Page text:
John Wiley & Sons, Ltd.

An inexpensive, temporally‐integrated system for monitoring occurrence and biological effects of aquatic contaminants in the field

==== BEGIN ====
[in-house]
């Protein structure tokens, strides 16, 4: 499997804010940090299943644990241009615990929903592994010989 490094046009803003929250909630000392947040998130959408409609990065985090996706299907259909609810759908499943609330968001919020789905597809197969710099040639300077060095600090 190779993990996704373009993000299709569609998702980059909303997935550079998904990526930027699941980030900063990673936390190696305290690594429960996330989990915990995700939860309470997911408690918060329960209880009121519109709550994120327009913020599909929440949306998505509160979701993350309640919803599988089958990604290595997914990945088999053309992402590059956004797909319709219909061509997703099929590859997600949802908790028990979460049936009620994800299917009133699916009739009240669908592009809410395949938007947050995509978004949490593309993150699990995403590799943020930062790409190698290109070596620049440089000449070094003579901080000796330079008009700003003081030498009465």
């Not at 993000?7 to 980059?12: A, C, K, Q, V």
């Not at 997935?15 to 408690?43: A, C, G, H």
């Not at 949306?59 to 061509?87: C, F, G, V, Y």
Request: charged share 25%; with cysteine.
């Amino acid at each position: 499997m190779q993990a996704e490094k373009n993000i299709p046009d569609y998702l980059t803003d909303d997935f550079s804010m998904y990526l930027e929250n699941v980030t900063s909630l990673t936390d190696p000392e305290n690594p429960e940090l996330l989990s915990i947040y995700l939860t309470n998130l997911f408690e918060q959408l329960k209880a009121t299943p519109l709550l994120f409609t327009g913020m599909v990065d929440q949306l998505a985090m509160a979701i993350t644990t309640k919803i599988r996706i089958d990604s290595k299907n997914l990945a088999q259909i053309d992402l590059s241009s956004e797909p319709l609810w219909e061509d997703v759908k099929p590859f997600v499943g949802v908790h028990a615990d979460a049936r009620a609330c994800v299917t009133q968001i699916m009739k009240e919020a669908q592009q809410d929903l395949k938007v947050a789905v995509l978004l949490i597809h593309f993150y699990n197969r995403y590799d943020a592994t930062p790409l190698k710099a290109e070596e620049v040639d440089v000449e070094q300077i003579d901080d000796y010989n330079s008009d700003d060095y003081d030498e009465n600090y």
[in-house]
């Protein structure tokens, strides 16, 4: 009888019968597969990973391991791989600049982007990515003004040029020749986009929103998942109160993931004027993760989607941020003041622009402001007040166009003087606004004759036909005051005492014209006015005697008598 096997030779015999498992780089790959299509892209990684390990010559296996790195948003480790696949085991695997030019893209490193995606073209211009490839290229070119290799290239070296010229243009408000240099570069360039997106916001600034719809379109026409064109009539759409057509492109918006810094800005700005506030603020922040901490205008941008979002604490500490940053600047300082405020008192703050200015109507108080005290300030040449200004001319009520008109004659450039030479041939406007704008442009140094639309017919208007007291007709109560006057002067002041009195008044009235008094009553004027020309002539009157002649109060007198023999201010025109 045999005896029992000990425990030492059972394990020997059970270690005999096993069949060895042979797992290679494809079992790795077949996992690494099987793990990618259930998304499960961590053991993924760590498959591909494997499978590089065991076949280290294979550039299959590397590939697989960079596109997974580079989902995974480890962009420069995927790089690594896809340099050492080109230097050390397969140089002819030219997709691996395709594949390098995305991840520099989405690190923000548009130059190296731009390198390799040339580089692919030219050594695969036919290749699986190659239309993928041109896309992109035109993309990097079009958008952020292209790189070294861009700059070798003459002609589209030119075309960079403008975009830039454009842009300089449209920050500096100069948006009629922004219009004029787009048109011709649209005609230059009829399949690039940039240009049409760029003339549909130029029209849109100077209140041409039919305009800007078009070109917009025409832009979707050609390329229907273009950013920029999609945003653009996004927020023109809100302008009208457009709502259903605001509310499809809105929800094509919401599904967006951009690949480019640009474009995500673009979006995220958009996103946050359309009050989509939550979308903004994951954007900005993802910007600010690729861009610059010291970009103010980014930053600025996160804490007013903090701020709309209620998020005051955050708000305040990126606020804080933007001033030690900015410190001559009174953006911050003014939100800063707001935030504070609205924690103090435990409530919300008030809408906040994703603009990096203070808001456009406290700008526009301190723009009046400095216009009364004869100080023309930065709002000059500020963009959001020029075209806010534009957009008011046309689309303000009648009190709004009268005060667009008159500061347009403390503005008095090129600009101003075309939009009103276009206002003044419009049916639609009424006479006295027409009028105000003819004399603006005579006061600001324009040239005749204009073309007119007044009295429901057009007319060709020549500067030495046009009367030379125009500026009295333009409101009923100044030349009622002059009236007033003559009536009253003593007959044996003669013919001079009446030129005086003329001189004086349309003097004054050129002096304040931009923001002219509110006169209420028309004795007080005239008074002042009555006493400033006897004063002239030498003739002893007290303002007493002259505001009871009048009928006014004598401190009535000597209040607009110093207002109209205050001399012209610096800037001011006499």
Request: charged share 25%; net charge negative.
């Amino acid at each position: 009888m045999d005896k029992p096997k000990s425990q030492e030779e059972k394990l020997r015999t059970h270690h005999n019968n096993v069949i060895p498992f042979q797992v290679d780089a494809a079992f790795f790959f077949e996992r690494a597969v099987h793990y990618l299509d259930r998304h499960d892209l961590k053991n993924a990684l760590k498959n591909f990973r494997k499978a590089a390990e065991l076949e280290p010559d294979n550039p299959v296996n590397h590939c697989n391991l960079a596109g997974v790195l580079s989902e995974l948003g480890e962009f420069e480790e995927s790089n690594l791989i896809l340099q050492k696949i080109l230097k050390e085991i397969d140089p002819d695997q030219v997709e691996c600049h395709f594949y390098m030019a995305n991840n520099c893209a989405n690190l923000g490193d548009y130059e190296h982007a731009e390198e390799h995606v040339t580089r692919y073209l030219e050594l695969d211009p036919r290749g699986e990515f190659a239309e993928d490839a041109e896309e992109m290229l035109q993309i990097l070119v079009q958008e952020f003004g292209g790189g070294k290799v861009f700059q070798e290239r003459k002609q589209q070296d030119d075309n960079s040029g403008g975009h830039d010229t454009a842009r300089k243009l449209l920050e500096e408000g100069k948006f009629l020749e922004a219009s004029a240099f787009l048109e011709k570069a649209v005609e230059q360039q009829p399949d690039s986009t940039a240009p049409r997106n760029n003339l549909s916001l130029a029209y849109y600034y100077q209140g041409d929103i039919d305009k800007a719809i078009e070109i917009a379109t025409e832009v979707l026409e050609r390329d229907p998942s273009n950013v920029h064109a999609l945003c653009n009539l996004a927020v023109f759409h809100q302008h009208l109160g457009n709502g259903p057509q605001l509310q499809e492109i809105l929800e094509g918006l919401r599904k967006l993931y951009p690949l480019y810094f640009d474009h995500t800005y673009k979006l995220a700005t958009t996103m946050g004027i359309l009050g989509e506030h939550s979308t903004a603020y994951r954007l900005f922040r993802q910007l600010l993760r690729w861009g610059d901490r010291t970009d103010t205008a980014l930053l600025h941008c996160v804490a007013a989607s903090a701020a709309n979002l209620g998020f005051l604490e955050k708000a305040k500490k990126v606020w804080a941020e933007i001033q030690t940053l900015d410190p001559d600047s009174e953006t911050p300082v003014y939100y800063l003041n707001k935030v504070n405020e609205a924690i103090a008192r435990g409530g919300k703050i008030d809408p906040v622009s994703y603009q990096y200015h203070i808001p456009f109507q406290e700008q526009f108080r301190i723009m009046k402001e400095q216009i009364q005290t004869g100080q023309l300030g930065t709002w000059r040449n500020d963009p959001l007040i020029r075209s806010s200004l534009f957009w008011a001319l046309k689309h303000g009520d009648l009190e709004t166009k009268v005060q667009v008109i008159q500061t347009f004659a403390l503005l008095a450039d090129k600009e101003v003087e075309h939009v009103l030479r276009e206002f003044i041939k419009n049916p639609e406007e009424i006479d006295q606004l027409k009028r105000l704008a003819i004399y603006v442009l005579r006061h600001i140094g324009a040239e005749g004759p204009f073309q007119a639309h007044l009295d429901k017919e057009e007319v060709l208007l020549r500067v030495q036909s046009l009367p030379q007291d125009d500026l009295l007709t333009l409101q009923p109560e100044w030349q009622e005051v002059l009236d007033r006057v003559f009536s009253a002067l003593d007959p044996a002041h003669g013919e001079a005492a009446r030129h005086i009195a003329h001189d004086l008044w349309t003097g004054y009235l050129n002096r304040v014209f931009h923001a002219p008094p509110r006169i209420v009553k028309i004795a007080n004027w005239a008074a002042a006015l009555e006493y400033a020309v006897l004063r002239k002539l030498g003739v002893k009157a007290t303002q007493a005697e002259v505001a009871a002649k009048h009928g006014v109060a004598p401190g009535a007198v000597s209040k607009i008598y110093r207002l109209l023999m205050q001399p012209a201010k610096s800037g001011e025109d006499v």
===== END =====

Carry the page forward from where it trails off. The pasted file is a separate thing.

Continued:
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Assessment of potential risks of complex contaminant mixtures in the environment requires integrated chemical and biological approaches. Our laboratory is developing these types of methods for assessing possible risks of aquatic contaminants in near‐shore Great Lakes sites. A component of this involves an exposure system for caged fathead minnow (Pimephales promelas) adults suitable for the wide range of habitat/deployment situations encountered in and around the Great Lakes. To complement the fish exposure system, we also developed an automated device for collection of composite water samples that could be simultaneously deployed with the cages, and reflect a temporally‐integrated exposure of the animals. This paper describes methodological details concerning the design, construction, and deployment of a flexible yet comparatively inexpensive (<600 USD) caged‐fish/auto‐sampler system. Utility and performance of the system is demonstrated with data collected from deployments at several Great Lakes sites. For example, over three field seasons, only two of 130 deployed cages were lost, and approximately 99% of successfully deployed adult fish were recovered after > 4 d. A number of molecular, biochemical, and apical endpoints were successfully measured in recovered animals, changes in which reflected known characteristics of the study sites (e.g., up‐regulation of hepatic genes involved in xenobiotic metabolism in fish held in the vicinity of wastewater treatment plants). The automated composite samplers proved robust with regard to successful water collection (>95% of deployed units in our latest field season), and low within‐ and among‐unit variation relative to programmed collection volumes. Overall, we feel that this test system has excellent potential for integrated chemical‐biological monitoring of contaminants in a variety of field settings. Environ Toxicol Chem © 2014 SETAC

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